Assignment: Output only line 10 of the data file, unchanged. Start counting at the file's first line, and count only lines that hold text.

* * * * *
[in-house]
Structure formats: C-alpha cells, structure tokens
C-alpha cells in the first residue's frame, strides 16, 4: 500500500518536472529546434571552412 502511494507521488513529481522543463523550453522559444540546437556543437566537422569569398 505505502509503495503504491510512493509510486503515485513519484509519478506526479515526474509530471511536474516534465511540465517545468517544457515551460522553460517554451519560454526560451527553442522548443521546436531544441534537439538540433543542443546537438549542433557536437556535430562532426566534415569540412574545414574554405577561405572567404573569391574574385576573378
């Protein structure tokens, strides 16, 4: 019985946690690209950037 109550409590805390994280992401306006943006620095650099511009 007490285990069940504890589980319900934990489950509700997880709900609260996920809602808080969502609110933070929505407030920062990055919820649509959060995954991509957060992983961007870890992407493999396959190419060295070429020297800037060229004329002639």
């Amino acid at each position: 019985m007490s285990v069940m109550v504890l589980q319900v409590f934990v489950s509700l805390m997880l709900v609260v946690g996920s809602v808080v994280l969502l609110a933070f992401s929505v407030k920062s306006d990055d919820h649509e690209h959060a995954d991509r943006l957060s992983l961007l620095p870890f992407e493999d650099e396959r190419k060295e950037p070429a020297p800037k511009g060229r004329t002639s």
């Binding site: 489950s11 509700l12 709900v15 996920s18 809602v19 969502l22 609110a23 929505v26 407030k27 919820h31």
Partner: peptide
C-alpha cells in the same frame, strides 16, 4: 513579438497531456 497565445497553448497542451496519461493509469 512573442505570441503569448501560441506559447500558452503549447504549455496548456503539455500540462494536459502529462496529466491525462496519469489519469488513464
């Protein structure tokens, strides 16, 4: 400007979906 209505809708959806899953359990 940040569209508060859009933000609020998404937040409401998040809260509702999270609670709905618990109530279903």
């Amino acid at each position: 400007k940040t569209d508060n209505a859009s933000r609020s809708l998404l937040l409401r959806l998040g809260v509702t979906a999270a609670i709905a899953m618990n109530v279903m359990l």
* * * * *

């Amino acid at each position: 400007k940040t569209d508060n209505a859009s933000r609020s809708l998404l937040l409401r959806l998040g809260v509702t979906a999270a609670i709905a899953m618990n109530v279903m359990l």